So, you walk out to your car one morning and one corner has dropped all the way to the ground. Great. Join the club. As most of these cars are now nearing or above 100k miles, this is a common occurrence. The good news is that the fix is relatively easy and inexpensive.
If you haven’t already, check out the ABC suspension troubleshooting article. This will give some insight to the system and how everything works. This article is purely a guide to rebuilding the factory valve block. Every rebuilt valve block you find on eBay or anywhere else is rebuilt this same way. All they do is replace the o-rings. It is not a complicated or expensive procedure. We do the same thing here in the shop.
Portions of this page were originally written by user “knowbenz” on the mbworld forum. I’ve used some of his photos and modified the text of his write-up.
“Book time” to remove and reinstall the front valve block is 2.4 hours. The rear valve block is 1.3 hours. To clean the block I would add another hour. I would definitely add another 2 hours if this is your first time doing the job, especially up front. Things can be tricky to get to if you don’t have the right tools.
I would HIGHLY suggest that before you replace the valve block that you remove and replace 5 liters of fluid from the ABC system as well as flushing the system through a new filter. If your valve block failed, it failed from debris in the system. You need to get it out. I really recommend a 10 liter flush.
10 Liters of Pentosin CHF 11S. This is exactly the same as Mercedes part number: Q1320001
I like to buy the 5 liter on eBay for $65/ea.
Two filters: MB part number: 0031846101 – #36/ea on Amazon
O-rings – order from APG (www.callapg.com), and “The O-Ring Store” (www.theoringstore.com)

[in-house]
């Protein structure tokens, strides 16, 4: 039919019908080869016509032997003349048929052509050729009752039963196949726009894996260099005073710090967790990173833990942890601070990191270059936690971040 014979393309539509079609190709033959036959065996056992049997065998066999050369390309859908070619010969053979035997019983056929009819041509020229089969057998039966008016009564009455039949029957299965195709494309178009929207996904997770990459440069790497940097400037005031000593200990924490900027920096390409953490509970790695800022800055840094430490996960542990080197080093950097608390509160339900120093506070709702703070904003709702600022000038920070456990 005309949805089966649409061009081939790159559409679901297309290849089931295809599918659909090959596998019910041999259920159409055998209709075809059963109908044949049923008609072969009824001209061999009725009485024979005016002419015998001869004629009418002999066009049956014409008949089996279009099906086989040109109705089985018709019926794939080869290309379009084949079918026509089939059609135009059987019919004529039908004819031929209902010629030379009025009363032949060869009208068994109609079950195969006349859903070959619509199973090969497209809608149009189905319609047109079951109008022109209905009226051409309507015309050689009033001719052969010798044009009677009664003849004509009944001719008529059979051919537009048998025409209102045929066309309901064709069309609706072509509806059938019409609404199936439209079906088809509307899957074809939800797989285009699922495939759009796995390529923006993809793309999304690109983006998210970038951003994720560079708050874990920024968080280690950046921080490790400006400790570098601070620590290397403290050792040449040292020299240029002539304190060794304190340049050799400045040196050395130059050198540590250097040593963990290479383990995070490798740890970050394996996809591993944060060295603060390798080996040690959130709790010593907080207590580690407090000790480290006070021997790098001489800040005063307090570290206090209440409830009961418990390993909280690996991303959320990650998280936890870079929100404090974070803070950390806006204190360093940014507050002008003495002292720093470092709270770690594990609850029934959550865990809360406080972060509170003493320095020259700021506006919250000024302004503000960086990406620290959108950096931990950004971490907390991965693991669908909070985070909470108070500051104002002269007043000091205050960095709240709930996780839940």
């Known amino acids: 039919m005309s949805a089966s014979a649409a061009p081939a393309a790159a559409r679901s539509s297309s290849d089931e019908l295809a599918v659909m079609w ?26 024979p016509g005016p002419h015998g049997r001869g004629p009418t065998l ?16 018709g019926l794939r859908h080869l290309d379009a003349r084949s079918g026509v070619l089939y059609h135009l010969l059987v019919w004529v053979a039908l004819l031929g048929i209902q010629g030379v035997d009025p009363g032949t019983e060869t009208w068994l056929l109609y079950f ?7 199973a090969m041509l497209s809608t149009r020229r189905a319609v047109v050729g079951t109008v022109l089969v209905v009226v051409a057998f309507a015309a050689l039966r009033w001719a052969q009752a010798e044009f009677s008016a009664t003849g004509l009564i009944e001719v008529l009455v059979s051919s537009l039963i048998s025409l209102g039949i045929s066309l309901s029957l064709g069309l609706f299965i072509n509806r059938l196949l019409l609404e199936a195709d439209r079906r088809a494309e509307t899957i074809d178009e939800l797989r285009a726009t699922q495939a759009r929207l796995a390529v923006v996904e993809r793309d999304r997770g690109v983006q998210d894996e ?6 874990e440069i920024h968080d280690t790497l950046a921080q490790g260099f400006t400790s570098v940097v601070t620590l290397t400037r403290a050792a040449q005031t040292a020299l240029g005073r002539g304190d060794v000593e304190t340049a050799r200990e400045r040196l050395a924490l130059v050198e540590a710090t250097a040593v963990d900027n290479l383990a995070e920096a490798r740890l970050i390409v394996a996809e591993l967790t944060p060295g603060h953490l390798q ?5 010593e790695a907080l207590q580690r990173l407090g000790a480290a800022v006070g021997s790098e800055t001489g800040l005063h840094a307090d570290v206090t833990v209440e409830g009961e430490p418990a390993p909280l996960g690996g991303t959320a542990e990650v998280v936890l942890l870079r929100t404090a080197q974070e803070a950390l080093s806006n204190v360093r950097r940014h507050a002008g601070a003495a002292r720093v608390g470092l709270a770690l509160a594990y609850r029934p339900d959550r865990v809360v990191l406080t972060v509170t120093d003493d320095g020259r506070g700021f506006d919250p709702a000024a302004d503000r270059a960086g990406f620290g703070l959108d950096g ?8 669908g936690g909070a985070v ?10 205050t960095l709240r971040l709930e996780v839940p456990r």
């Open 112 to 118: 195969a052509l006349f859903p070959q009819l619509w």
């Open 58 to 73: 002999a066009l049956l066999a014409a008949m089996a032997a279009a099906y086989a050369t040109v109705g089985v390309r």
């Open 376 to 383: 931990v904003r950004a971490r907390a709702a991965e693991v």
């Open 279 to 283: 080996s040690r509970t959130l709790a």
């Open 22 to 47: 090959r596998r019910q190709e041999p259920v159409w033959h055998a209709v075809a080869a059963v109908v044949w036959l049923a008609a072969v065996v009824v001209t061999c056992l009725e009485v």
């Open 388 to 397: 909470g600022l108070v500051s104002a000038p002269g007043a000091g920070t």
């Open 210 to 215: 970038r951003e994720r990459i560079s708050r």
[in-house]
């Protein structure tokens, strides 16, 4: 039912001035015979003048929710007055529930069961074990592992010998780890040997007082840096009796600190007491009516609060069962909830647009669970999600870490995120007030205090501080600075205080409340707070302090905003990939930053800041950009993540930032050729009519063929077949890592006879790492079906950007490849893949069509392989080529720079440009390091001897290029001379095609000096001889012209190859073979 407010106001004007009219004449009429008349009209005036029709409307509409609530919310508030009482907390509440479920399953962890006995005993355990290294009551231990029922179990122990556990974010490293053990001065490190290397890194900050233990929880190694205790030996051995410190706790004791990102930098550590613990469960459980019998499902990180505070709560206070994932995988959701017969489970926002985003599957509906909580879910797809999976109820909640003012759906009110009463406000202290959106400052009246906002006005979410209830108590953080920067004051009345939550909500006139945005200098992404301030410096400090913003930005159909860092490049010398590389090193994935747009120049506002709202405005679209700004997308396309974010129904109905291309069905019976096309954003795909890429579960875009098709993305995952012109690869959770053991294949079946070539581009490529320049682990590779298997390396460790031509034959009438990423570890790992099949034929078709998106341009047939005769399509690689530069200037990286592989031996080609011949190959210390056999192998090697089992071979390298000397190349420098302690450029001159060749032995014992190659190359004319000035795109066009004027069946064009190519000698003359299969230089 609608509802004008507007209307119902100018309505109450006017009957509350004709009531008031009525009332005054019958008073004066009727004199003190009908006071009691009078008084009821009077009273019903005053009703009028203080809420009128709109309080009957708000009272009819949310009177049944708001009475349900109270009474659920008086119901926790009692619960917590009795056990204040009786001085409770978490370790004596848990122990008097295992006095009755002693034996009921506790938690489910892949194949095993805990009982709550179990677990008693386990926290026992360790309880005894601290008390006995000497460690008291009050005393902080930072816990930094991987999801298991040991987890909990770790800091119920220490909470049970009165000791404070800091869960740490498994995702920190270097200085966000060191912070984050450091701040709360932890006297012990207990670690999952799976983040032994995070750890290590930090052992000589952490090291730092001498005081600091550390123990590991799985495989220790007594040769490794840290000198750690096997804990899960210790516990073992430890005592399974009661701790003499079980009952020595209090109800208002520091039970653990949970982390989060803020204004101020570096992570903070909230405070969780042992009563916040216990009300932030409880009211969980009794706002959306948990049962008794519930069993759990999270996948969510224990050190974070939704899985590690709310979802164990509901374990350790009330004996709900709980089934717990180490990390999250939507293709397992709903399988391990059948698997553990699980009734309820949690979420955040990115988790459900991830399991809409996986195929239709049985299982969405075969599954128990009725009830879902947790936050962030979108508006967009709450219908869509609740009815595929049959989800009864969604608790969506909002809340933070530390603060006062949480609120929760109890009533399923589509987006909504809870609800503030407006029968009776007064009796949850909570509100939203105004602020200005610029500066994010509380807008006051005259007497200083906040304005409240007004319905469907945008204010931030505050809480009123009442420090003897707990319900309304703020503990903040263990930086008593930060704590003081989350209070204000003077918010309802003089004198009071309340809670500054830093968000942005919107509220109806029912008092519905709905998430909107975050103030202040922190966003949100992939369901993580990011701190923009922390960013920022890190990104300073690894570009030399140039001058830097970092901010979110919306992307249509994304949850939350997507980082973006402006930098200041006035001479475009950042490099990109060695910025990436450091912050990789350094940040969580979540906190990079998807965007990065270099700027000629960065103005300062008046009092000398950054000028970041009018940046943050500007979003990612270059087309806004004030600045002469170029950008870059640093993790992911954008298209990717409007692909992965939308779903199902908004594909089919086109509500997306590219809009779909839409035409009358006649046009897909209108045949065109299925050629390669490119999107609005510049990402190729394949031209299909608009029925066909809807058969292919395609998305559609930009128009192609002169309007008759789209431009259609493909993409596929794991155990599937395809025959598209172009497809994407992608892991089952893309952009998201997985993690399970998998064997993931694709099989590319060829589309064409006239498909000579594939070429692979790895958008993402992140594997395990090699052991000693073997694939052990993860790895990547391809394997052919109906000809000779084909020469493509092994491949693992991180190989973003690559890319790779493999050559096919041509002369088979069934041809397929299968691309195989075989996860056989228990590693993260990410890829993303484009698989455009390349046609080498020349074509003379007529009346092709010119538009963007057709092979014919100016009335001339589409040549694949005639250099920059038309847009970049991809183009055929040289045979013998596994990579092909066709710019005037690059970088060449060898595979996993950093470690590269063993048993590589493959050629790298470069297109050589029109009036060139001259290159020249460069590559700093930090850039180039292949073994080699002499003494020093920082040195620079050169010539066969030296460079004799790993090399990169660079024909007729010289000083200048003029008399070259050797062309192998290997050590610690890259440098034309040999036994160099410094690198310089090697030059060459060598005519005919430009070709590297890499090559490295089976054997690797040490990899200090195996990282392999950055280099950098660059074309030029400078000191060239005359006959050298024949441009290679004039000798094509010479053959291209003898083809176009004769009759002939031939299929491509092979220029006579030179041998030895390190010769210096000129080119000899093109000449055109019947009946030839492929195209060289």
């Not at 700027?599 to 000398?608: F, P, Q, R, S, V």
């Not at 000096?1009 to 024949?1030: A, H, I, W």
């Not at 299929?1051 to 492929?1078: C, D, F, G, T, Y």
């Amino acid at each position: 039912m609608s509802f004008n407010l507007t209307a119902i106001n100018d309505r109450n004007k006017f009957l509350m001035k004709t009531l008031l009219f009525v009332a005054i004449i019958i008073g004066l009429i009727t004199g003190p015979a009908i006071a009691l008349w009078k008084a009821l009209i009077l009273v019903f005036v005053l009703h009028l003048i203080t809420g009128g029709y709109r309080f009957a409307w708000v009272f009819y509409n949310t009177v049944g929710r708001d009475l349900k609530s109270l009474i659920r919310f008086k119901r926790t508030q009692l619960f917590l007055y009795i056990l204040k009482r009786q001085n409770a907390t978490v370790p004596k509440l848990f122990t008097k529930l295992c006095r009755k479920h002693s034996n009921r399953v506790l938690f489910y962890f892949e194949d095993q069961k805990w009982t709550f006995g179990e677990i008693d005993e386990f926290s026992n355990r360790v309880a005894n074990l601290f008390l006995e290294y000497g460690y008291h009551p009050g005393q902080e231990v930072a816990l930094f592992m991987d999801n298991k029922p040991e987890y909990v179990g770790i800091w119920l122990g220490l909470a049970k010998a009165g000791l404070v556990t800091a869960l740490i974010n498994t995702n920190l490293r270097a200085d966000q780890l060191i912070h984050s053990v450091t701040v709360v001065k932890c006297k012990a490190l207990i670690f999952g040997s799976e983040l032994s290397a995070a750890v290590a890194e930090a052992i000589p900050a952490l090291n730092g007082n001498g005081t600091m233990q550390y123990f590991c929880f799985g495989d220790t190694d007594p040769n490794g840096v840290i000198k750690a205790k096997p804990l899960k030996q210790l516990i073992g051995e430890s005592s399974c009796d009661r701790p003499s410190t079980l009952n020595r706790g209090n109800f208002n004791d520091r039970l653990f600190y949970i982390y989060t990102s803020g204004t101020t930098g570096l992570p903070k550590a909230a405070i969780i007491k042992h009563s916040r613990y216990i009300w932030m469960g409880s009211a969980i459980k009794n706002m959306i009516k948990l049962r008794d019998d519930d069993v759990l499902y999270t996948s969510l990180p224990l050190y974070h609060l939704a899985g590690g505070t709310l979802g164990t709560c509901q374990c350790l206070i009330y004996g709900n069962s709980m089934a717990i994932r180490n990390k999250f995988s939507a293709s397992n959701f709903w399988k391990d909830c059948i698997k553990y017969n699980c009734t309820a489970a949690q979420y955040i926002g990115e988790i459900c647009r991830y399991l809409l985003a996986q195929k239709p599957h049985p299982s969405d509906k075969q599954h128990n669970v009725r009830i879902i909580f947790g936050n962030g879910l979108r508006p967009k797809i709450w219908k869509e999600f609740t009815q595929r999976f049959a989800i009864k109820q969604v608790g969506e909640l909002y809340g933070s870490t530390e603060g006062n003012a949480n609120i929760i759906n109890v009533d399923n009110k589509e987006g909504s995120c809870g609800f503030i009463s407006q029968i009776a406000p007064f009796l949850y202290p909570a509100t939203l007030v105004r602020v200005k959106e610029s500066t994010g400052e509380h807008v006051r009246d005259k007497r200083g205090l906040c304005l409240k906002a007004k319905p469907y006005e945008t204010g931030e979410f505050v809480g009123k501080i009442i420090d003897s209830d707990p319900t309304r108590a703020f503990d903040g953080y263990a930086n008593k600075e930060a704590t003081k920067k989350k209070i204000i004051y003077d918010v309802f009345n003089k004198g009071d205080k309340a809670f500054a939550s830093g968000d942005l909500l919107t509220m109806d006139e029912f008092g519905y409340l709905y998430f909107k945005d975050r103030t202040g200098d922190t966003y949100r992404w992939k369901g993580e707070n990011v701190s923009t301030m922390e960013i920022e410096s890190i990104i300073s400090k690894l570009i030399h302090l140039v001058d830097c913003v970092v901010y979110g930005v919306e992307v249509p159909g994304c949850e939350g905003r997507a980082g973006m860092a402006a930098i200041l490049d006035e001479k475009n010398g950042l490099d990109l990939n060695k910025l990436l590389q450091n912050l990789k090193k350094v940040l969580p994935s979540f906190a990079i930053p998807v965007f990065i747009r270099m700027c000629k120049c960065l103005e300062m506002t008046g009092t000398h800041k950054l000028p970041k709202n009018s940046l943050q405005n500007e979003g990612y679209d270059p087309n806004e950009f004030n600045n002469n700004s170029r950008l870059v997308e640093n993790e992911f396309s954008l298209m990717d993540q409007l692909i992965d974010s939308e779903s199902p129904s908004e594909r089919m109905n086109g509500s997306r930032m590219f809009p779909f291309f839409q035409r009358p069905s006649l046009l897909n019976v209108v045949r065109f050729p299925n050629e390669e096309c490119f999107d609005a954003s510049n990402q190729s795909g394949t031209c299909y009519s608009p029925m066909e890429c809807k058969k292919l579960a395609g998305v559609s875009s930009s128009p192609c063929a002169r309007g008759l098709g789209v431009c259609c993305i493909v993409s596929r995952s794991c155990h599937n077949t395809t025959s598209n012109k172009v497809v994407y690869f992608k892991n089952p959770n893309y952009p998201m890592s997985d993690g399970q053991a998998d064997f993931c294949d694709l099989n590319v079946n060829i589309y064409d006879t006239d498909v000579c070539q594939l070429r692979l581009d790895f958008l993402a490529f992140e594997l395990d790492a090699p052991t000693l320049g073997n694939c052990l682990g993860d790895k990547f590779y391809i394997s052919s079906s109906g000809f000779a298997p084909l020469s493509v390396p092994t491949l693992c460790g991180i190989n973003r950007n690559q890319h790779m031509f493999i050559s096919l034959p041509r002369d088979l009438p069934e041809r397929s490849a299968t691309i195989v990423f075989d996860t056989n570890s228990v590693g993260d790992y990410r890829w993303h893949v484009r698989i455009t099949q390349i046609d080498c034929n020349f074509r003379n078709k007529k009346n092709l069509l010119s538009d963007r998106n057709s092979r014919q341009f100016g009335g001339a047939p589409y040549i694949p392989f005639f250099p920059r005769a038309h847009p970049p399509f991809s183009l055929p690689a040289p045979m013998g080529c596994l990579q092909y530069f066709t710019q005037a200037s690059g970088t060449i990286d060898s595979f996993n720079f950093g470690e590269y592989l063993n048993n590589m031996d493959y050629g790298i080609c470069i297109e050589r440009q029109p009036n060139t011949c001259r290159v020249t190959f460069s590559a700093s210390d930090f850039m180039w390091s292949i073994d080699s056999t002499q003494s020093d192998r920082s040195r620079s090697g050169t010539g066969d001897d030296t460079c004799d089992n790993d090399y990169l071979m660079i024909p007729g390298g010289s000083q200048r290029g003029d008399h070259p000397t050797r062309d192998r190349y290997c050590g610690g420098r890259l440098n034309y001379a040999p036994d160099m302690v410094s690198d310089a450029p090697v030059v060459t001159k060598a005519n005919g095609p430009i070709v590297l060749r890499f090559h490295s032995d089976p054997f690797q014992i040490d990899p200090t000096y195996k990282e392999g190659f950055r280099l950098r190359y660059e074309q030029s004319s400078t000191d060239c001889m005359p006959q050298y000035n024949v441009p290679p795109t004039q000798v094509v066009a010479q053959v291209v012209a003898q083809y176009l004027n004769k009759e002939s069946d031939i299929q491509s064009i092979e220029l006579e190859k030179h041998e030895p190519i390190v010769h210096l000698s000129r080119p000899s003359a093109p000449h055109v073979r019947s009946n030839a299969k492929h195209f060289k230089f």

|APG part #||Cross-Section||Inside Diameter||Outside Diameter||Height||Quantity per block|
There are also some spacers that may need replacement – (Buna-N 70 square cut o-rings)
They are APG part numbers SH70013, SH70014 , SH70015 , and SH70016. One set per block.
Do NOT use Harbor Freight o-rings like is suggested on some forums. I say this not because they aren’t durable but because tolerances on them are poor. Some o-rings are slightly larger than what they should be and these valve blocks have SUPER tight clearances. This causes the o-rings to twist or pinch and they leak by, causing the same issue as before.
Take some time beforehand and do as much of a flush as you can on the ABC system.
Open the reservoir and remove the filter. The line that runs into the cap and filter is the return line. When you start the car, fluid will come out of this hose. There are several ways to do a flush and I will leave it up to you to figure out but essentially, take that return hose off of the cap and secure it into a bucket. Have a friend in the car. With the lid off of the reservoir and everything clear of all moving parts have a container of Pentosin ready. Have your friend start the car. Fluid will start to come out of the hose and into your bucket. It is your job to watch the level of the reservoir to make sure it doesn’t run dry. Just keep it filled. Level is not at all critical here, just make sure it doesn’t go dry. You can over fill it all you want. When the fluid starts to come out clear (You can choose to do a 10 liter or 15 liter flush, most of the time 10 is good enough), you have done a decent job and can stop topping off the reservoir. When the fluid gets pretty low in the reservoir, shut off the car. This reduces the amount of mess you make when changing the valve block. If you do suck in a little air, it isn’t the end of the world, it should come out on it’s own, but do not suck in a lot of air. Do your best to keep it from getting any. Keep enough fluid left over to refill the reservoir after the valve block installation. There will still be some dirty fluid in the struts and some other areas but this is a decent job for now. Install the new filter and leave it be while you do the valve block.